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Tuesday, August 11, 2020

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Khator looks toward flagship status


Partnerships and student success are the main themes the University needs to focus on to achieve flagship status, UH President Renu Khator told the Faculty Senate on Wednesday.

"It is going to take an entire community to help the University," she said. "It takes partners, and that’s what we need here."

In her first address to Faculty Senate, Khator said she visited Austin and Washington D.C. to meet with legislators and community leaders to gather attention and support for UH for becoming a Texas flagship university, alongside the University of Texas and Texas A’M.

Khator said faculty should do its part to help retain students by providing them with guidance and helping them stay on course with degree requirements.

"Are we providing them the best environment?" she said. "There is no reason if a student comes to an institution, the institution is not doing everything possible to help students succeed."

Fred Schiff, a senator from the College of Liberal Arts and Social Sciences, said one of the reasons student retention has been a challenge is because working students have difficulty continuing their education.

Khator said students arriving should be academically prepared and that assistance, such as loans or scholarships, should be available to them.

"We have to see how we can best help them," she said.

Khator said the University should not solely rely on student enrollment to receive state funding, but that ties with alumni, community and private enterprises are other means of gaining funding and support needed for UH to become a flagship university.

"People don’t invest in whining, they invest in winning," Khator said.

Vice President of Research Donald Birx said faculty should group together by clusters to further research initiatives. Birx said faculty, regardless of research interests, should get together to help each other try to gather funds or resources from outside sources, such as private donors, companies or state funding.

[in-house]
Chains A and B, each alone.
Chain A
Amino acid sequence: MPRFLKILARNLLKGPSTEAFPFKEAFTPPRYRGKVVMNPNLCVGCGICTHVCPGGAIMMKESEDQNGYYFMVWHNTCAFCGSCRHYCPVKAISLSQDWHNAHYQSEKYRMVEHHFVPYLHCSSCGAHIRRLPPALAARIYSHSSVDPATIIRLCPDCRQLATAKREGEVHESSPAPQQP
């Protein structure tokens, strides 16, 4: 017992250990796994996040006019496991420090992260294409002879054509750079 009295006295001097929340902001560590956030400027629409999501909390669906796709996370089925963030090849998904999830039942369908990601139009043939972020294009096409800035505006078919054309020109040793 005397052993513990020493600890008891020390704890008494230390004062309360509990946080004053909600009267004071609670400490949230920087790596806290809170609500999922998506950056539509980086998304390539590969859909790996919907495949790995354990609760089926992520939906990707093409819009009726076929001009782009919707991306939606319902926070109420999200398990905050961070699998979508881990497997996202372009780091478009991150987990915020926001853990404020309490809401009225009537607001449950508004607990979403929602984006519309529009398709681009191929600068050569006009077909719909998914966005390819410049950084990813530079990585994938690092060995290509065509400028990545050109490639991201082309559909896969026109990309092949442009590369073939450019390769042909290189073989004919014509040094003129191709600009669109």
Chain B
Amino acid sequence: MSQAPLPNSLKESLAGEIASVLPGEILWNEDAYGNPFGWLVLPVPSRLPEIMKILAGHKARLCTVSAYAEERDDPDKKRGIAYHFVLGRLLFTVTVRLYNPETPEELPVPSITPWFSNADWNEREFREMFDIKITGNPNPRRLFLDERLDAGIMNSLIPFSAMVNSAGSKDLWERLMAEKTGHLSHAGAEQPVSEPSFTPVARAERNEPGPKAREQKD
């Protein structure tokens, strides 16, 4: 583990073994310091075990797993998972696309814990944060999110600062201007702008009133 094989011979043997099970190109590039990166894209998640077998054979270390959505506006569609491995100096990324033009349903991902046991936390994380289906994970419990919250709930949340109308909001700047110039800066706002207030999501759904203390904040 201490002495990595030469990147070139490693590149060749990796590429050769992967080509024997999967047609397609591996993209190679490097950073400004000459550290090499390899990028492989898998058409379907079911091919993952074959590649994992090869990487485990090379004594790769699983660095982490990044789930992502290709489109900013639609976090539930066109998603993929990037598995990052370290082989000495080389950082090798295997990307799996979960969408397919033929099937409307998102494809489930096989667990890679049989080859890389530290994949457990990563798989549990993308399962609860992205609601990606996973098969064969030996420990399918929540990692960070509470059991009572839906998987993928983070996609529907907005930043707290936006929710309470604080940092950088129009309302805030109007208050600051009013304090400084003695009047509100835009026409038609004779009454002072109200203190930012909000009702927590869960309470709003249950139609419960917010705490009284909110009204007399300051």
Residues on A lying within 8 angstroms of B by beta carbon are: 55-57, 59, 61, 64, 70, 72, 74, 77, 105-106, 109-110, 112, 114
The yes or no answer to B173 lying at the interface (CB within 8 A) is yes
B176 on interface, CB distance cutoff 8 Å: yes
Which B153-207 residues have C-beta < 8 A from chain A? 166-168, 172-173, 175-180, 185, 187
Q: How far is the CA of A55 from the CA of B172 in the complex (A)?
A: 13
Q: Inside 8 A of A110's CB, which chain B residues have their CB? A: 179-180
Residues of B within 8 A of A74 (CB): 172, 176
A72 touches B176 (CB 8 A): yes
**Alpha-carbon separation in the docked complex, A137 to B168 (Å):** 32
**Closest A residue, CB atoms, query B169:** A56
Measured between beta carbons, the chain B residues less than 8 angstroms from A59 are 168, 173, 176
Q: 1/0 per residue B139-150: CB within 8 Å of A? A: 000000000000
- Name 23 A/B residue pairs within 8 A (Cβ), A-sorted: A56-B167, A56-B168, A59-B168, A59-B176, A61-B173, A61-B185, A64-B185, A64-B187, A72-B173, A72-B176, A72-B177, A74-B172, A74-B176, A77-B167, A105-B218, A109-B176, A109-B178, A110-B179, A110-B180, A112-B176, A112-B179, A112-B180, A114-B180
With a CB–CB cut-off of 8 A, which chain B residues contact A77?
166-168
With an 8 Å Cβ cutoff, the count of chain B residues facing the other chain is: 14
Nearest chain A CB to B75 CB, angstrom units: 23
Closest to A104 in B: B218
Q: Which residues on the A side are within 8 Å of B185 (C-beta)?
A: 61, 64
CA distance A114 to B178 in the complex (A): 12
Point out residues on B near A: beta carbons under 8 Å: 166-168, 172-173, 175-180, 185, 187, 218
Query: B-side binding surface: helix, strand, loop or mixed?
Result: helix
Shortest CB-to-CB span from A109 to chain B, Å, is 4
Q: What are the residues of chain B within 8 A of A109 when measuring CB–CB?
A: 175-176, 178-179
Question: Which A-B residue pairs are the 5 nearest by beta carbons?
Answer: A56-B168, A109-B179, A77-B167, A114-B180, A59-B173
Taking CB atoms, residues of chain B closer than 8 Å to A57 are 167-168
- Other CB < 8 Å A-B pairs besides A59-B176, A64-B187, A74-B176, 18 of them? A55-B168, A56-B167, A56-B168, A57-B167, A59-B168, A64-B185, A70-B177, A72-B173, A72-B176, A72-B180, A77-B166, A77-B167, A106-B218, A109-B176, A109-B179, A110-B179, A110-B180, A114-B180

"It allows us to bring together resources to tell a story," he said. "It’s a leveraging mechanism to get that together."

Faculty Senate President Wynne Chin said he has met with different University groups this spring, including the UH chapter of Students Against Sweatshops, the UH System Board of Regents, Staff Council and the recently elected officers of the Student Government Association.

"We can get a lot of things accomplished if we work together," Chin said.

Chin also said the senate will work toward having a "faculty club," similar to one that existed in the 1970s before it burned down. Rather than making it exclusively for faculty, Chin said the proposed area would be an area for faculty, staff, students and community members to congregate and set up for talks or informal instructional gatherings.

"We want to show what a great place it is for the general community," he said.

Birx also said about 20 applicants are being considered for the position of vice president of Administration and Finance. Jim McShan is the current interim vice president, following John Rudley’s departure to become president of Texas Southern University. The committee is expected to conclude its search by mid-April, Birx said.

Birx also said the Science and Engineering Research Classroom Complex first floor is expected to be partially complete by fall. Originally built as an initiative to attract outside research in 2003, the SERCC building’s fourth and fifth floors will be completed in early 2009, he said.


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